60 Operating Budget Request Board of Education Budget Request compared to Executive Budget Request Fiscal Biennium Copyright © 2007 Hawaii State Department of Education

61 61 Operating Budget Process Board of Education sets the priorities Priorities are based on the Board’s and the Department’s Visions, Strategic Plan, and such mandates as: –No Child Left Behind Act –Individuals with Disabilities Education Improvement Act of 2004 –Sustaining special education services –Reinventing Education Act of 2004 (Act 51/SLH 2004) Board of Education sets the priorities Priorities are based on the Board’s and the Department’s Visions, Strategic Plan, and such mandates as: –No Child Left Behind Act –Individuals with Disabilities Education Improvement Act of 2004 –Sustaining special education services –Reinventing Education Act of 2004 (Act 51/SLH 2004) Copyright © 2007 Hawaii State Department of Education

62 62 Operating Budget Process Biennium budget: Budget and Finance Instructions stated requests for additional funding may be proposed for: High-priority program initiatives of the Governor Recurring costs from specific appropriations acts Non-discretionary expenses: –Debt service –Employee fringe benefits –Court orders/consent decrees/Federal mandates –Risk Management –Costs of fuel and utilities Critical activities/services for public health and safety Copyright © 2007 Hawaii State Department of Education

63 63 Department of Education Programs EDNTitleDescription 100School Based BudgetingClassroom instruction; curriculum programs; at-risk programs; fringe benefits; and debt service. 150Comprehensive Student Support Services Special needs assessment; special education; school-based behavioral health; autism; other related services. 200Instructional SupportSupport for curriculum, instruction and students; assessment; system accountability/monitoring. 300State and Complex Area Administration Board of Education; Superintendent; Complex Area Superintendents; communications; civil rights compliance; business services; fiscal services; human resources; and information technology. 400School SupportSchool food services; utilities; repairs and maintenance; student transportation. 500School Community ServicesAfter-school Plus (A+) program; adult education.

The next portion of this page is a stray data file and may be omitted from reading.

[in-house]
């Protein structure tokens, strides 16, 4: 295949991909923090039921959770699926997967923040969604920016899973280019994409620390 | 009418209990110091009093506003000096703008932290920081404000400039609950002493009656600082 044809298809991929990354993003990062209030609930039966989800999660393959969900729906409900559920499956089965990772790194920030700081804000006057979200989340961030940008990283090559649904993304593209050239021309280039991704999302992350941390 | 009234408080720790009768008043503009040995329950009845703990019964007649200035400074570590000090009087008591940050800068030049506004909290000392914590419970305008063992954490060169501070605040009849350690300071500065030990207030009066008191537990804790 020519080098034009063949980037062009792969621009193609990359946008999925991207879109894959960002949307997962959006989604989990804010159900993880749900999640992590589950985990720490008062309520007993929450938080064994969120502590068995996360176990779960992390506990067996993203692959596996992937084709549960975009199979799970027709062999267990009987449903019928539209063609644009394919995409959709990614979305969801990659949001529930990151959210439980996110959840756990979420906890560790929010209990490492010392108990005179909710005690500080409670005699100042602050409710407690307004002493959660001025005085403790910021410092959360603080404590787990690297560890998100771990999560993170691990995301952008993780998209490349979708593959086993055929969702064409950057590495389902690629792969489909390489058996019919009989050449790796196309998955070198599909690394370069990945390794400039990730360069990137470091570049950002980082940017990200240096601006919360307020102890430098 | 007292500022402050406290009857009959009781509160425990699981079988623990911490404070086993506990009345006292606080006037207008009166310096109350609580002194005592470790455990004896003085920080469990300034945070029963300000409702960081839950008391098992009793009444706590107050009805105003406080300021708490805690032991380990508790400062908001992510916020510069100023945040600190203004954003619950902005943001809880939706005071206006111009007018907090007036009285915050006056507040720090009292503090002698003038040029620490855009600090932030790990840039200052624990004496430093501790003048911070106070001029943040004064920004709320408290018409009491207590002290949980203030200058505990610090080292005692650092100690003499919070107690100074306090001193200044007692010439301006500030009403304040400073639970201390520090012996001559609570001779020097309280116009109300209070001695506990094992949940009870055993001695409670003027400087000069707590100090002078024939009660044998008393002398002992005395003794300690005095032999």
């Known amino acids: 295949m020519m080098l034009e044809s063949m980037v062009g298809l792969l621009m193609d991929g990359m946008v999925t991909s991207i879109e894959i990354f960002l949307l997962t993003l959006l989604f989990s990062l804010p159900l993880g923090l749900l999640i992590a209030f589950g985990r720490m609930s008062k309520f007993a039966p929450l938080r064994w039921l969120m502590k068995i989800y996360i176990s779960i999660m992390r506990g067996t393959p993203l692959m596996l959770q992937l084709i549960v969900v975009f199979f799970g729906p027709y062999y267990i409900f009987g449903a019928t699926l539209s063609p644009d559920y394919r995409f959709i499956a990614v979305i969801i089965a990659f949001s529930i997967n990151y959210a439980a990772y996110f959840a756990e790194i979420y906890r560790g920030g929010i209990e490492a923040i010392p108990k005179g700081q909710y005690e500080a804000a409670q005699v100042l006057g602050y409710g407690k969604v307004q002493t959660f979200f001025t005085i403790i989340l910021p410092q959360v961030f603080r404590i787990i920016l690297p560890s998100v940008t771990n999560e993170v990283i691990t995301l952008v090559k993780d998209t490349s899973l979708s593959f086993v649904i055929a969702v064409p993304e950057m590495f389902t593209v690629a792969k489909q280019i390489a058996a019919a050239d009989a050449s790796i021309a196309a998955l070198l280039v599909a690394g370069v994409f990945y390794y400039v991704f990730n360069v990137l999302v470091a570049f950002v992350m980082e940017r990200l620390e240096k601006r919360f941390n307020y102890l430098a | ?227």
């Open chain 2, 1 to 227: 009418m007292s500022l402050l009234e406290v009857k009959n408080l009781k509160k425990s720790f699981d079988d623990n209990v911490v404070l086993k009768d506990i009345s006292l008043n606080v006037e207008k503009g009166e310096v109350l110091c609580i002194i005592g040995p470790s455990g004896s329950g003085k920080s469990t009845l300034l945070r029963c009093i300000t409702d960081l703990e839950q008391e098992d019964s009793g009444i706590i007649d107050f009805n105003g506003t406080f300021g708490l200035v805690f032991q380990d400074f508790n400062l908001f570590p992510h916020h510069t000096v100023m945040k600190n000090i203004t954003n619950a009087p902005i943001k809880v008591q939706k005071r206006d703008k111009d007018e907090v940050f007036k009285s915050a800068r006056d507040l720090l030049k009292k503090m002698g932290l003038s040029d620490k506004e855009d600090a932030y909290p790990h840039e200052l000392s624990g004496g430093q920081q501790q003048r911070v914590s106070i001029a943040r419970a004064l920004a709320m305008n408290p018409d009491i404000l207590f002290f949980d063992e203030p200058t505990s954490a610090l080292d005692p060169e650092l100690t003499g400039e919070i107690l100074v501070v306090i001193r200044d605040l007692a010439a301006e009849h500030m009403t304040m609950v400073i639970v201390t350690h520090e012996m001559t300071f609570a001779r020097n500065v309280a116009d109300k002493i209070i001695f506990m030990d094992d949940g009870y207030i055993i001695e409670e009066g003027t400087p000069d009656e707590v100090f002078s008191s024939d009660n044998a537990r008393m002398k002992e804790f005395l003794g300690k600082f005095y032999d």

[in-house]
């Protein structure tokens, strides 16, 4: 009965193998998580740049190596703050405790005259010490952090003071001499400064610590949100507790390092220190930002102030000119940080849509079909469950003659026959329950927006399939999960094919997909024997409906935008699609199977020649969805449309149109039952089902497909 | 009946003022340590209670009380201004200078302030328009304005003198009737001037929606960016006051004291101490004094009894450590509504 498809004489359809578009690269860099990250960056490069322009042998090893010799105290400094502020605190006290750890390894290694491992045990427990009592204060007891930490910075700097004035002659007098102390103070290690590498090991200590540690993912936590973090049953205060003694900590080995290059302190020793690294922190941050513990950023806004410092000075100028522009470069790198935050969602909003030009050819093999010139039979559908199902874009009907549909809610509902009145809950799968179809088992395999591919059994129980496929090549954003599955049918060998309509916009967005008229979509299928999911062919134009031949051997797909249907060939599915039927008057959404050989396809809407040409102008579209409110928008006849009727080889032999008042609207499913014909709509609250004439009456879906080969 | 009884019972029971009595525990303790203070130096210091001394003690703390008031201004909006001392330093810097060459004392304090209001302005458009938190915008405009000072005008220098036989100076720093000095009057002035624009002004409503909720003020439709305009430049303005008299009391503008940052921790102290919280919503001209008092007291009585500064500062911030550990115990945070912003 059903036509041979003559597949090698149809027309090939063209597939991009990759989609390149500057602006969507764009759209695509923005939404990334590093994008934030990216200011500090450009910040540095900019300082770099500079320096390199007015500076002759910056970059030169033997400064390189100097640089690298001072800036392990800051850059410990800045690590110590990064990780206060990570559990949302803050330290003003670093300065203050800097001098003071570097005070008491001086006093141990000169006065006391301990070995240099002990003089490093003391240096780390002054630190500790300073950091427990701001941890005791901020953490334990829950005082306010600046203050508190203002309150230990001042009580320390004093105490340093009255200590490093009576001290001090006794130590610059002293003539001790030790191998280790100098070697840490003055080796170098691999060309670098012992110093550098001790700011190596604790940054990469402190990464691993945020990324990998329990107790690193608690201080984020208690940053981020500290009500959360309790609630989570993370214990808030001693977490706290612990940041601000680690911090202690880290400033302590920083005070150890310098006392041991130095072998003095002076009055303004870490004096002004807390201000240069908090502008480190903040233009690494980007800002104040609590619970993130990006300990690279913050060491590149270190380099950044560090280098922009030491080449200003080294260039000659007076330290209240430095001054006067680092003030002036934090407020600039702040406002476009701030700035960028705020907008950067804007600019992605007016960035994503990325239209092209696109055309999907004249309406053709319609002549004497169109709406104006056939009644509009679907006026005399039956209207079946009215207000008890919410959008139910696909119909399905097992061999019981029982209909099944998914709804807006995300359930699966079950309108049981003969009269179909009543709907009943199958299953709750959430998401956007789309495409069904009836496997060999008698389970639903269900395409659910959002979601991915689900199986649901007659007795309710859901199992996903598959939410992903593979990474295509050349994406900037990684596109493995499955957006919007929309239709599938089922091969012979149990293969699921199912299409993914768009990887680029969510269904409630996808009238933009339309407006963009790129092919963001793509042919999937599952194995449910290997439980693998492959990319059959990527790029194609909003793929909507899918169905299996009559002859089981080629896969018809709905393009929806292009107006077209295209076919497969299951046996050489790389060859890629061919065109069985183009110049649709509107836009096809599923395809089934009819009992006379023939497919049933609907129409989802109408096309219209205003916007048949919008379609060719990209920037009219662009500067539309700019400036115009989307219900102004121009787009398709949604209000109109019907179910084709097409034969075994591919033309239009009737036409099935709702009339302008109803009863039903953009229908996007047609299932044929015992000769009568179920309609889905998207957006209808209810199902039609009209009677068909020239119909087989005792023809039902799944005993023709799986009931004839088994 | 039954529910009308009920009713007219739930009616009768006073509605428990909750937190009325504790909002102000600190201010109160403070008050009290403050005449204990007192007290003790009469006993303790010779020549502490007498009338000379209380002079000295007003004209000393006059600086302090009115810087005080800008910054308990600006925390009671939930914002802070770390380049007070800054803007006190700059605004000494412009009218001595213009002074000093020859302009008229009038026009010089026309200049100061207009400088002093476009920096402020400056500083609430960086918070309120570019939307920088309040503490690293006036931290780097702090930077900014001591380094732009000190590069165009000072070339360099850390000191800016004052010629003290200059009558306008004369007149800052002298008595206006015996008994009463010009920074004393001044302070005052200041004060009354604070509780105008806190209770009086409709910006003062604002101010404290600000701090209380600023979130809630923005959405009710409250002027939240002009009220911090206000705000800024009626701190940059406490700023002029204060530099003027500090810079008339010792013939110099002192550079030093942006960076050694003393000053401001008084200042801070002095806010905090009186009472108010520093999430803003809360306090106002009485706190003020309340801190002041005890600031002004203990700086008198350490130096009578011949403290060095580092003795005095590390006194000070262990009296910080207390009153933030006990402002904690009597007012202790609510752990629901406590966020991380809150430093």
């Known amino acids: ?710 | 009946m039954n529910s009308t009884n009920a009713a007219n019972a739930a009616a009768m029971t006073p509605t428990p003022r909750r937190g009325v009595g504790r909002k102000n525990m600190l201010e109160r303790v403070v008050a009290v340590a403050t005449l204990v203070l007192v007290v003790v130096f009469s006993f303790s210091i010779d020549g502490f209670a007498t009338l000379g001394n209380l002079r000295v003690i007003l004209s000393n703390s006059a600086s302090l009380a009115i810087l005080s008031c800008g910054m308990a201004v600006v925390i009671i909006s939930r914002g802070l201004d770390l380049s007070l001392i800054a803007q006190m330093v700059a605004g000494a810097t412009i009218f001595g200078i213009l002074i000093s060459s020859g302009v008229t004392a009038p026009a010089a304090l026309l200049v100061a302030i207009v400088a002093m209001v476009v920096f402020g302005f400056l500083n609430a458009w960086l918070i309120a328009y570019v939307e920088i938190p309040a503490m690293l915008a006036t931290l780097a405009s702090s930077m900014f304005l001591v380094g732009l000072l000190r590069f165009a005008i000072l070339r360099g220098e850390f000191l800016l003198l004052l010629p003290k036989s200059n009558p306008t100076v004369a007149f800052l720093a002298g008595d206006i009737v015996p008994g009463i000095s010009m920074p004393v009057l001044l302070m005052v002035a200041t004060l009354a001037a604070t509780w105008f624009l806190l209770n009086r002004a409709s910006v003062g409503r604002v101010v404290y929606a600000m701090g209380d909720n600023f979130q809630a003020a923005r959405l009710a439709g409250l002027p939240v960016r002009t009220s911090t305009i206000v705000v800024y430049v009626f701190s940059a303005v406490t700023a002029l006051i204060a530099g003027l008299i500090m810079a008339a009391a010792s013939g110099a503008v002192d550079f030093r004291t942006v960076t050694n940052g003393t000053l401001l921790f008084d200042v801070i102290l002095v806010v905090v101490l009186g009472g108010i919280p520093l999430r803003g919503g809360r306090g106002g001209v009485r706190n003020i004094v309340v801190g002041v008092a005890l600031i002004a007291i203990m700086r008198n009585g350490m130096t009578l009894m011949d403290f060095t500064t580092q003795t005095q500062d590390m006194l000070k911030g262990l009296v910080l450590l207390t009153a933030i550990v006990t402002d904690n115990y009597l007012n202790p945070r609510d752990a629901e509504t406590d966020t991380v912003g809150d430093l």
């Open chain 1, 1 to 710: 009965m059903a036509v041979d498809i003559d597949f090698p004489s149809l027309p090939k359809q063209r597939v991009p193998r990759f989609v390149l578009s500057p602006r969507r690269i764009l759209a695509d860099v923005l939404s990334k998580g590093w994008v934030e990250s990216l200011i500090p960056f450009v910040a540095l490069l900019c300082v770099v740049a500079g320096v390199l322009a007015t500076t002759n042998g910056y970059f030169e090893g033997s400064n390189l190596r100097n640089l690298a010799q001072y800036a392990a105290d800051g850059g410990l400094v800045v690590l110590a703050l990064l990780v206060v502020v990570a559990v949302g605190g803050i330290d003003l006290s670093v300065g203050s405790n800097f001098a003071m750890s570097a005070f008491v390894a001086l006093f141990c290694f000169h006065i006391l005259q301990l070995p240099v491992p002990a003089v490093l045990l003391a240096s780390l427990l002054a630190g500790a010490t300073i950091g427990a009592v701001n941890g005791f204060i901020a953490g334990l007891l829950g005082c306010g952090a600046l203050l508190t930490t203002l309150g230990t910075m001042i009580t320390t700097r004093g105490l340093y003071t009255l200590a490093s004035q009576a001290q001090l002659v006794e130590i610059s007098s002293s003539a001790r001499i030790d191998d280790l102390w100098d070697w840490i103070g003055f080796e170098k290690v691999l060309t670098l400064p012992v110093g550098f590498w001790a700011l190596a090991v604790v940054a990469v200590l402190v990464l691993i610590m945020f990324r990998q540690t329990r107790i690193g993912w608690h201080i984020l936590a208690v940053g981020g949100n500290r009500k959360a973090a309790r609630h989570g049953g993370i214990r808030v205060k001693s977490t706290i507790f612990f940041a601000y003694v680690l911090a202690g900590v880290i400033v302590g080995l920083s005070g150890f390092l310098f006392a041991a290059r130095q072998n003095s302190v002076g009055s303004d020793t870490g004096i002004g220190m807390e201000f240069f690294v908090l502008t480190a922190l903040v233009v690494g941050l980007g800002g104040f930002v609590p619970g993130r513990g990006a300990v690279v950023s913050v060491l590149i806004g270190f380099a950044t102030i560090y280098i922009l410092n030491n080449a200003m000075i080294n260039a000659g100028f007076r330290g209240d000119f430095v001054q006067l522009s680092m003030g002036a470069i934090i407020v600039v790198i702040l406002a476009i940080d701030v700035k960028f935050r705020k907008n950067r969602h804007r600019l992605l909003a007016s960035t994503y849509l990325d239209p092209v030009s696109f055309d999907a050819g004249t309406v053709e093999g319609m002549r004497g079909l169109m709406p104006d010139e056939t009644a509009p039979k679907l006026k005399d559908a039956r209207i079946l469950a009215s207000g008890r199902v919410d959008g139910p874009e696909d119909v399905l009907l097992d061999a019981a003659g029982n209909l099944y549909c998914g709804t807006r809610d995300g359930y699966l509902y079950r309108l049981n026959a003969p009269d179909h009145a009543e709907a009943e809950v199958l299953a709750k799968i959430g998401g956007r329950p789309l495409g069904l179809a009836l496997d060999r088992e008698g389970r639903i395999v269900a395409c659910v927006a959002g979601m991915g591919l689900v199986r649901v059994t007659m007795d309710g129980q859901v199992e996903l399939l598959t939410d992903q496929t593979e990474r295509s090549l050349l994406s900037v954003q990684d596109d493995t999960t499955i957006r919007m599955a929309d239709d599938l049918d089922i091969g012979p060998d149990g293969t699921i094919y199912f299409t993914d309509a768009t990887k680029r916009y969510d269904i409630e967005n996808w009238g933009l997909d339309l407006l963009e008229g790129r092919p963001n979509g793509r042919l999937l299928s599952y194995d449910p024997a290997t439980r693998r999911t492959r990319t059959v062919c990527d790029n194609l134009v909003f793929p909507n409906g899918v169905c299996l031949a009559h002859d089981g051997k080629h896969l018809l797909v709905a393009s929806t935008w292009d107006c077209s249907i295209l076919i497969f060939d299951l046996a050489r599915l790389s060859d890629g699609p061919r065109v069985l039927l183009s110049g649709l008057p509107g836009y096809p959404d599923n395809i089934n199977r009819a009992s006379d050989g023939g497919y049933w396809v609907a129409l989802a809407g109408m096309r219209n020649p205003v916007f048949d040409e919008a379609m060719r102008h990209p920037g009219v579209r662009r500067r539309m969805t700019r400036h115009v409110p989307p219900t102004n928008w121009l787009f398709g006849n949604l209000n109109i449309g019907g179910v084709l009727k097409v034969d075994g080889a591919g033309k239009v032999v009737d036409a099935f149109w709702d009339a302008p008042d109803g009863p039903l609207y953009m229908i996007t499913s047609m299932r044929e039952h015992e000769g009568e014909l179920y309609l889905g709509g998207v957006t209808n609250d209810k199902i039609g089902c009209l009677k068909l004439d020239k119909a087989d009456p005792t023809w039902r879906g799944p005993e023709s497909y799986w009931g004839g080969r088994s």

64 64 EDNBOE ReqExec ReqDifference 100 $ 45.5 $ 26.1 $ 19.4 Restoration of WSF: Act 160/ rounding (0.1) Subtotal $ $ 53.7 $ 71.7 Increases in Fringes, Debt Service Total Request $ $ 67.2 $ 71.7 Adjusted base budget* 1, Total DOE GF Budget $ 2,051.7 $ 1,980.0 $ 71.7 *FY07 budget plus Collective Bargaining increases, minus WSF $21M and non-recurring costs Board of Education General Fund Budget Request Compared to Executive Budget FY

65 65 Board of Education General Fund Budget Request Compared to Executive Budget FY EDNBOE ReqExec ReqDifference 100 $ 47.5 $ 26.5 $ 21.0 Restoration of WSF: Act 160/ Subtotal $ $ 58.0 $ 74.7 Increases in Fringes, Debt Service Total Request $ $ 96.6 $ 74.7 Adjusted base budget* 1, Total DOE GF Budget $ 2,084.1 $ 2,009.4 $ 74.7 *FY07 budget plus Collective Bargaining increases, minus WSF $21M and non-recurring costs